Melbourne: Nearly an hour and half has passed on Day Two. Australia have added 97 runs in just 17 overs. Steve Smith is well past his hundred and Mitchell Johnson is once again threatening to take the game away with the bat. MS Dhoni out of desperation, tosses the ball to his premier spinner, Ravichandran Ashwin.
When asked at the conclusion of the day if he was surprised to have waited that long to bowl, Ashwin stated, “Not really. I thought if we had a breakthrough, I would come in handy against Johnson.”
What’s in MSD’s mind?
Incredibly, it still took seven overs for Ashwin to come to bowl after Johnson walked out to the crease. What was Dhoni thinking out in the middle? Whatever it is, it seems erroneous, mind-boggling and unbelievable. Ashwin also went on to state, “The idea was to exploit the new ball as much as possible. This is what I think. I hope it stays that way.”
From Ashwin’s statements it is fair to say India had plans set in concrete and Dhoni was not prepared to deviate from them as per the situation. Yes, the new Kookaburra ball is only effective for the first 20 overs but when runs are leaking from the fast bowlers, surely it’s time to alter plans.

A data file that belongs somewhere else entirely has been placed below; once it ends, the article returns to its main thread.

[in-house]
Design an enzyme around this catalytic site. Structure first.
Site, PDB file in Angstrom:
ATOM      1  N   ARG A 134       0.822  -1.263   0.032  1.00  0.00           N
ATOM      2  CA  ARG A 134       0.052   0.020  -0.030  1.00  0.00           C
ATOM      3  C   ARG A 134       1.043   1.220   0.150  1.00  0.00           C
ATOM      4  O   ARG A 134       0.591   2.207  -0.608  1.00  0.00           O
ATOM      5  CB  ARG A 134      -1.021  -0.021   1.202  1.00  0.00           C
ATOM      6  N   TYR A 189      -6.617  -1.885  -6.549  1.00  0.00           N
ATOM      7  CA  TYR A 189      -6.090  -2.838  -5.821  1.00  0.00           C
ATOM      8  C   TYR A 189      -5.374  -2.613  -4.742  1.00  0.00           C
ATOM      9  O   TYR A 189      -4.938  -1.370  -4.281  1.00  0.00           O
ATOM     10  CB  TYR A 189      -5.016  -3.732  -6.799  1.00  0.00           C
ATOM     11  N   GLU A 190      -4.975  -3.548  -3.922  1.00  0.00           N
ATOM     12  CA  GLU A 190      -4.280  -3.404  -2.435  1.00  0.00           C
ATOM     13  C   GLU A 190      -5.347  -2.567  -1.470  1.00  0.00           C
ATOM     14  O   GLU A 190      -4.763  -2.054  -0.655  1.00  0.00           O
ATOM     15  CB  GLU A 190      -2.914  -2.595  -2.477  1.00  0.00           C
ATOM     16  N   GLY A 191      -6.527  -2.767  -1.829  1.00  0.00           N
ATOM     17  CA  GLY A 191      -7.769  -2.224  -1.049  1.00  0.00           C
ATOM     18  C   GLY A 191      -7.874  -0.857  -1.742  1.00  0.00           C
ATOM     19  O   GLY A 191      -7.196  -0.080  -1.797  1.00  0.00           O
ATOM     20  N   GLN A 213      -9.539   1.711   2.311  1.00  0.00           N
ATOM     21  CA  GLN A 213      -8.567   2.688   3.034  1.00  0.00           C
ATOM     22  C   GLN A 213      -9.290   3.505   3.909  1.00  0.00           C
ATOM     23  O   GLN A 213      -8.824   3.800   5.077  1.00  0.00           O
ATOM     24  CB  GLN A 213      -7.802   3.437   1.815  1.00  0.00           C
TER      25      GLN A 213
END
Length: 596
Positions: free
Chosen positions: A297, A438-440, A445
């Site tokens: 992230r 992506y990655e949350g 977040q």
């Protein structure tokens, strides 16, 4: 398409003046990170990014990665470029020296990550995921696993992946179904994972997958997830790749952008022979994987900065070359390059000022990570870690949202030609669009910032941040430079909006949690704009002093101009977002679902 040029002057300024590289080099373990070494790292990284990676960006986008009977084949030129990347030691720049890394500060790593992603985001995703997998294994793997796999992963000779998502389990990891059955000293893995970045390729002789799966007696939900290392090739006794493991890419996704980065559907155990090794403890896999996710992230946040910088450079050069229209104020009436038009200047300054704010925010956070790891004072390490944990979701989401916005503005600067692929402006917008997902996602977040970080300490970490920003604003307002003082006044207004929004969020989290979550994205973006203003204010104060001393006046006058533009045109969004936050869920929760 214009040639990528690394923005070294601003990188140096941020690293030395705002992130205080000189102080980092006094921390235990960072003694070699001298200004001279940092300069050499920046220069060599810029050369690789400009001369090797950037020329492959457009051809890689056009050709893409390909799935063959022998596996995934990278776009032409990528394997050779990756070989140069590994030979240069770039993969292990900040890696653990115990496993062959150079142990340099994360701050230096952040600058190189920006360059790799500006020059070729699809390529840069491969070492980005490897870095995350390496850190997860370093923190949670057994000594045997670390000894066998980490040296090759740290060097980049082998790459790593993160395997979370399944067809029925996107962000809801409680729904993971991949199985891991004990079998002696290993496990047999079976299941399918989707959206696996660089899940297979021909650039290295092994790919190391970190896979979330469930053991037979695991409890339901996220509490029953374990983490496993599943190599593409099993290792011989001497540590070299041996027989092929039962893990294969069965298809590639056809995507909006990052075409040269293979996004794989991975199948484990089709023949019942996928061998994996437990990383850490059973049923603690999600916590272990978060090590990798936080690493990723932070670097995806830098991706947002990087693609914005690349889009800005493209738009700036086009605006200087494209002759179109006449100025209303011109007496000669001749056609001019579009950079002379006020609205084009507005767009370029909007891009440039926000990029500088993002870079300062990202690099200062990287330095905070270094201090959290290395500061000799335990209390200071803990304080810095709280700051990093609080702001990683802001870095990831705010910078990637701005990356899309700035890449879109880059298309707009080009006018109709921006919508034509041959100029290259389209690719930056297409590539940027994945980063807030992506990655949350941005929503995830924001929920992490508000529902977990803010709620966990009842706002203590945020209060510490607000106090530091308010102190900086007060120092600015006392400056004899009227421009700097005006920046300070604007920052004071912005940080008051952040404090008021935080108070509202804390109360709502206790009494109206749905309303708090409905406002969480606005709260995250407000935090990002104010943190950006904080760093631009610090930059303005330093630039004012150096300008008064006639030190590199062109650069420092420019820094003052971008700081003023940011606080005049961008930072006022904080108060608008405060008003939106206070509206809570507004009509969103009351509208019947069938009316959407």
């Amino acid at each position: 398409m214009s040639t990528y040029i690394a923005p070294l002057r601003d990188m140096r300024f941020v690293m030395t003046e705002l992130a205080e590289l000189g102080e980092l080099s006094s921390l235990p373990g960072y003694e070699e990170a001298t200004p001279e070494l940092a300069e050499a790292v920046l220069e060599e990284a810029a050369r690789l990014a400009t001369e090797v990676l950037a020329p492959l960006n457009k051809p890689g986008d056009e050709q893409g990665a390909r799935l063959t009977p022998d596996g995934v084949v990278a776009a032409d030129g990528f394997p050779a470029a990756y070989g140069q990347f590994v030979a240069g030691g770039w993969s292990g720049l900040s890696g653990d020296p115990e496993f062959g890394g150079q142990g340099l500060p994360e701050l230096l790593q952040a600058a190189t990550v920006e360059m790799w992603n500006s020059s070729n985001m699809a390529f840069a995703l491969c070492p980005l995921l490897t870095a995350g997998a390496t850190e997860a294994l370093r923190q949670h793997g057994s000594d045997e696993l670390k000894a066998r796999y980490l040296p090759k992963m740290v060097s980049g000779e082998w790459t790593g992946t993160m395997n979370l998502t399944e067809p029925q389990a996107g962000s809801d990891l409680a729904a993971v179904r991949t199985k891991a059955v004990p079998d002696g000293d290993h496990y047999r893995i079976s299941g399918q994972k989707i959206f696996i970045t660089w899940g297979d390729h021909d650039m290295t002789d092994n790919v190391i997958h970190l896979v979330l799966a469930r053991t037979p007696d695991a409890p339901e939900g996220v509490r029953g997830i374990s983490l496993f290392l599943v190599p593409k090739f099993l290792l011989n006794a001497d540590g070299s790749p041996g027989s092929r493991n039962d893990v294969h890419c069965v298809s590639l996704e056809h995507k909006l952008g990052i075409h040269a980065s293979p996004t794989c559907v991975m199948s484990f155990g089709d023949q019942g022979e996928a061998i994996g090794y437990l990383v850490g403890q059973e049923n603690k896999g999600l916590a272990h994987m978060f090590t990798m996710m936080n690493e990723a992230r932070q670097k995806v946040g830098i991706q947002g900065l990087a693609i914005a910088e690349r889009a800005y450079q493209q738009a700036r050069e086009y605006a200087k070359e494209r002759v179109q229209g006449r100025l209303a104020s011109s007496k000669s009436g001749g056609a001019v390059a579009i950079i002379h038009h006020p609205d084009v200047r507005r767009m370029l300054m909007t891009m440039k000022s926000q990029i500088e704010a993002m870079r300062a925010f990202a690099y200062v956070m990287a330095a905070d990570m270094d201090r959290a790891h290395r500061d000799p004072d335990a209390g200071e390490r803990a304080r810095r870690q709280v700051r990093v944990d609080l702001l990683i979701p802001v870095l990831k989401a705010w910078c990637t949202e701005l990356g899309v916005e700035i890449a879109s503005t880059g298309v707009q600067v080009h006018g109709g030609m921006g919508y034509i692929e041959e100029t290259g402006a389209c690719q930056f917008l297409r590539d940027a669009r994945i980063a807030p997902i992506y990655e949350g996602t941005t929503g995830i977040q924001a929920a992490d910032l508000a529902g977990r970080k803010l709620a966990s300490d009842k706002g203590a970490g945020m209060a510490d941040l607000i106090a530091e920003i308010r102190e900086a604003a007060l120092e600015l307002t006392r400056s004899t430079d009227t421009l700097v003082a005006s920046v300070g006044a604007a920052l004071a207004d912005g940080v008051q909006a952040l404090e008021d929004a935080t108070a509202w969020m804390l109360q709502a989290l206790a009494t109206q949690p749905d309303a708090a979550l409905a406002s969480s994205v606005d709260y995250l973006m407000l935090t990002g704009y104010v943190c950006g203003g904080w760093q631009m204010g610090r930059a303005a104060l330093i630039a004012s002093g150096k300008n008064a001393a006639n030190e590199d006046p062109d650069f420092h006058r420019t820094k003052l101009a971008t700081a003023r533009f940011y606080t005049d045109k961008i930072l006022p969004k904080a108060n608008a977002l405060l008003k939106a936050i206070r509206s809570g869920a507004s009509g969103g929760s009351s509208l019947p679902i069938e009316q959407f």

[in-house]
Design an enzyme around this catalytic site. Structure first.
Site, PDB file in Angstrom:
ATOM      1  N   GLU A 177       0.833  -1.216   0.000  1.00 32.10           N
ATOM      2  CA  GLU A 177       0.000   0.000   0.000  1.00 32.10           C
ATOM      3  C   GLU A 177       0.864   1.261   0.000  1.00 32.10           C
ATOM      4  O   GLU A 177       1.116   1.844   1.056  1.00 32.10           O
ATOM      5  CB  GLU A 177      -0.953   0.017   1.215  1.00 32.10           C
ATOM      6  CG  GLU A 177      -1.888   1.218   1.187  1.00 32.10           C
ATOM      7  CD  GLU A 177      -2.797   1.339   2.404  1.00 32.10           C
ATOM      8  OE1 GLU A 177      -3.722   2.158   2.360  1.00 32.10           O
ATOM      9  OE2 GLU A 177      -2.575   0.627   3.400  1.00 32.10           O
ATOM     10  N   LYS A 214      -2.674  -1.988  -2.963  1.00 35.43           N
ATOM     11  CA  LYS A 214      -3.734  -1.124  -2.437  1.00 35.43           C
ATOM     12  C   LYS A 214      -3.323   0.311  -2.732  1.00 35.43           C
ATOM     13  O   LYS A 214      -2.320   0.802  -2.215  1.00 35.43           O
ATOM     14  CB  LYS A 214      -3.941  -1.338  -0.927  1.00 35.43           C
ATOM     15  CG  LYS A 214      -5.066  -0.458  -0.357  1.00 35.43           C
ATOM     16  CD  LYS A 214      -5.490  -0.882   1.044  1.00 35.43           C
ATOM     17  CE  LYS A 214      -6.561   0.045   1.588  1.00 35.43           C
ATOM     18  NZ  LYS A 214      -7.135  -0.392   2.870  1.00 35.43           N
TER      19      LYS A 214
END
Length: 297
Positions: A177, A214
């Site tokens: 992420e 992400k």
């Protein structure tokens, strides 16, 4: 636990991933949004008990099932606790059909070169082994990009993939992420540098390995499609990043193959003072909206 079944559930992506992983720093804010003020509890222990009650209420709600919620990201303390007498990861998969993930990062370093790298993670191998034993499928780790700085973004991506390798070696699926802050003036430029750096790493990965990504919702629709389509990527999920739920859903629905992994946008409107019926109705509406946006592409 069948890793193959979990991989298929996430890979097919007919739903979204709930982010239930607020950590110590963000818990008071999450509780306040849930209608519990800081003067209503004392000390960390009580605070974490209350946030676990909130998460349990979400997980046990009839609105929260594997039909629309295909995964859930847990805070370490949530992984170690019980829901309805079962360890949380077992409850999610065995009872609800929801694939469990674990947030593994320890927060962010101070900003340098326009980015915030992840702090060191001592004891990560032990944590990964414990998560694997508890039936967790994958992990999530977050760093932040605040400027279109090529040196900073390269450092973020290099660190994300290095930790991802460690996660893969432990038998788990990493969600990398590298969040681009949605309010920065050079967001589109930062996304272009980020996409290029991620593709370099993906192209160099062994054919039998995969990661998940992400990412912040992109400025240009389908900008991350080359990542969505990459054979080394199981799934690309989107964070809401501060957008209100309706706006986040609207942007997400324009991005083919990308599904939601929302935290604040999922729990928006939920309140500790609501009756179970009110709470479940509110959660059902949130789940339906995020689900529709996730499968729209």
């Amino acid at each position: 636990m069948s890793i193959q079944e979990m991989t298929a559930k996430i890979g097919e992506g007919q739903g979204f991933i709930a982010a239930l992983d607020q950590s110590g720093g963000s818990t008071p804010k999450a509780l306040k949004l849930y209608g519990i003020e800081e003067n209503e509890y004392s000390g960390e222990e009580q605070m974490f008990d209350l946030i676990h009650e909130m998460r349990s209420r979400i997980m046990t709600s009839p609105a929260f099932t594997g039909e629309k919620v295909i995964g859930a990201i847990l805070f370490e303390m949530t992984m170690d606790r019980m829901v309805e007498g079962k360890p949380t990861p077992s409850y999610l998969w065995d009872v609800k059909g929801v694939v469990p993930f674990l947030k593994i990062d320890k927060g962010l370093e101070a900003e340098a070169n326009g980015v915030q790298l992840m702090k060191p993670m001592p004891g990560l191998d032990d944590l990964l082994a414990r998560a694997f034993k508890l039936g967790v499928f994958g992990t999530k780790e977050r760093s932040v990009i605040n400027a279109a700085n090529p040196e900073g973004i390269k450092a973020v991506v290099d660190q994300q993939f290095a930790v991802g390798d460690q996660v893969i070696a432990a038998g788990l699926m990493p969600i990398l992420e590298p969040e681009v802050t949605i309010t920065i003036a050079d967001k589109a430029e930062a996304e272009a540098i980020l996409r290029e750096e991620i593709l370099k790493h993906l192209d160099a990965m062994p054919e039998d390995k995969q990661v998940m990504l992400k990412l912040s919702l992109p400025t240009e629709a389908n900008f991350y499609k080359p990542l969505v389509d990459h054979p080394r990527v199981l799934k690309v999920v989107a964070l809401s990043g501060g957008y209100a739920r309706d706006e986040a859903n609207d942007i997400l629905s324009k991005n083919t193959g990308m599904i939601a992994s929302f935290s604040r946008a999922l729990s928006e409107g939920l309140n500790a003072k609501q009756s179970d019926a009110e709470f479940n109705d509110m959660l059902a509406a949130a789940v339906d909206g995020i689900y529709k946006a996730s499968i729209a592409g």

Day Two was not the first time Dhoni has failed to turn to Ashwin for impact. In the second innings in Brisbane, Ashwin was not used at all. Yes, the pitch was assisting seamers but Australia’s top scorer in that second innings — Chris Rogers — has had a torrid time against spin bowlers in the past 12 months. In contrast, Nathan Lyon had bowled as early as the sixth over in the first innings at Adelaide. Australia were proactive and willing to experiment while India stuck to a methodical approach despite not being able to execute and succeed.
The other issue is that the India bowlers cannot create their own plans, or if they do, they are likely to be overruled by Dhoni. Constantly throughout the series, Dhoni can be heard saying “edar se daal sakta hai” (you can bowl around the wicket) and “do log peche rakh saakta hai” (you can keep two men back).
Although it seems to be optional thoughts, it is more of a demand. Even when Ryan Harris was on nine, the field was scattered and Mohammed Shami bowled both sides of the wicket, far too full and far too short. For a moment you could have stopped Shami in his run and asked him how he was planning to get the batsmen out and Shami would have struggled to provide an answer. It probably summed up India’s strategy, captaincy and mindset.